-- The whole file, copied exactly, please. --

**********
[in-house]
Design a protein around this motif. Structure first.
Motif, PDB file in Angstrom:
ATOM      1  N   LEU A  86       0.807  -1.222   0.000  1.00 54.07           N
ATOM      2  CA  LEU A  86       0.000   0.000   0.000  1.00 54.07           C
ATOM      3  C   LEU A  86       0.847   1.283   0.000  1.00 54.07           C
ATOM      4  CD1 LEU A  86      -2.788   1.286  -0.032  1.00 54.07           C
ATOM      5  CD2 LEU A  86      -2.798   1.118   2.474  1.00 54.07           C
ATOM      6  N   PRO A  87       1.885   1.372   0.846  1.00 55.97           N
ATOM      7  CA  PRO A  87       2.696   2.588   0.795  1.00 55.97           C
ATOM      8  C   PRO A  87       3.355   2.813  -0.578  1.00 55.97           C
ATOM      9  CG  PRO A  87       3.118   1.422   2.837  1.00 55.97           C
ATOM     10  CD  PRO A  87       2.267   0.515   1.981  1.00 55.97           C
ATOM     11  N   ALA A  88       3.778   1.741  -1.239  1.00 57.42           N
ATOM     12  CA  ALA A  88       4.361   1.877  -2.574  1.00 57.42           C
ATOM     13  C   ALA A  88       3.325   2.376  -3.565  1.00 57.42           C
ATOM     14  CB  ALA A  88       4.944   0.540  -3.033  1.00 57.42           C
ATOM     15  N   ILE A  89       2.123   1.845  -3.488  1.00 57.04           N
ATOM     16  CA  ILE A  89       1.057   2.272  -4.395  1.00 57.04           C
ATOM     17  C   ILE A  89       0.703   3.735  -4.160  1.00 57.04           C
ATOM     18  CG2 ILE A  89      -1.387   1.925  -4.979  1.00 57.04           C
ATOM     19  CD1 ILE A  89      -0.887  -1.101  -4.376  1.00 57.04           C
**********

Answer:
[in-house]
Design a protein around this motif. Structure first.
Motif, PDB file in Angstrom:
ATOM      1  N   LEU A  86       0.807  -1.222   0.000  1.00 54.07           N
ATOM      2  CA  LEU A  86       0.000   0.000   0.000  1.00 54.07           C
ATOM      3  C   LEU A  86       0.847   1.283   0.000  1.00 54.07           C
ATOM      4  CD1 LEU A  86      -2.788   1.286  -0.032  1.00 54.07           C
ATOM      5  CD2 LEU A  86      -2.798   1.118   2.474  1.00 54.07           C
ATOM      6  N   PRO A  87       1.885   1.372   0.846  1.00 55.97           N
ATOM      7  CA  PRO A  87       2.696   2.588   0.795  1.00 55.97           C
ATOM      8  C   PRO A  87       3.355   2.813  -0.578  1.00 55.97           C
ATOM      9  CG  PRO A  87       3.118   1.422   2.837  1.00 55.97           C
ATOM     10  CD  PRO A  87       2.267   0.515   1.981  1.00 55.97           C
ATOM     11  N   ALA A  88       3.778   1.741  -1.239  1.00 57.42           N
ATOM     12  CA  ALA A  88       4.361   1.877  -2.574  1.00 57.42           C
ATOM     13  C   ALA A  88       3.325   2.376  -3.565  1.00 57.42           C
ATOM     14  CB  ALA A  88       4.944   0.540  -3.033  1.00 57.42           C
ATOM     15  N   ILE A  89       2.123   1.845  -3.488  1.00 57.04           N
ATOM     16  CA  ILE A  89       1.057   2.272  -4.395  1.00 57.04           C
ATOM     17  C   ILE A  89       0.703   3.735  -4.160  1.00 57.04           C
ATOM     18  CG2 ILE A  89      -1.387   1.925  -4.979  1.00 57.04           C
ATOM     19  CD1 ILE A  89      -0.887  -1.101  -4.376  1.00 57.04           C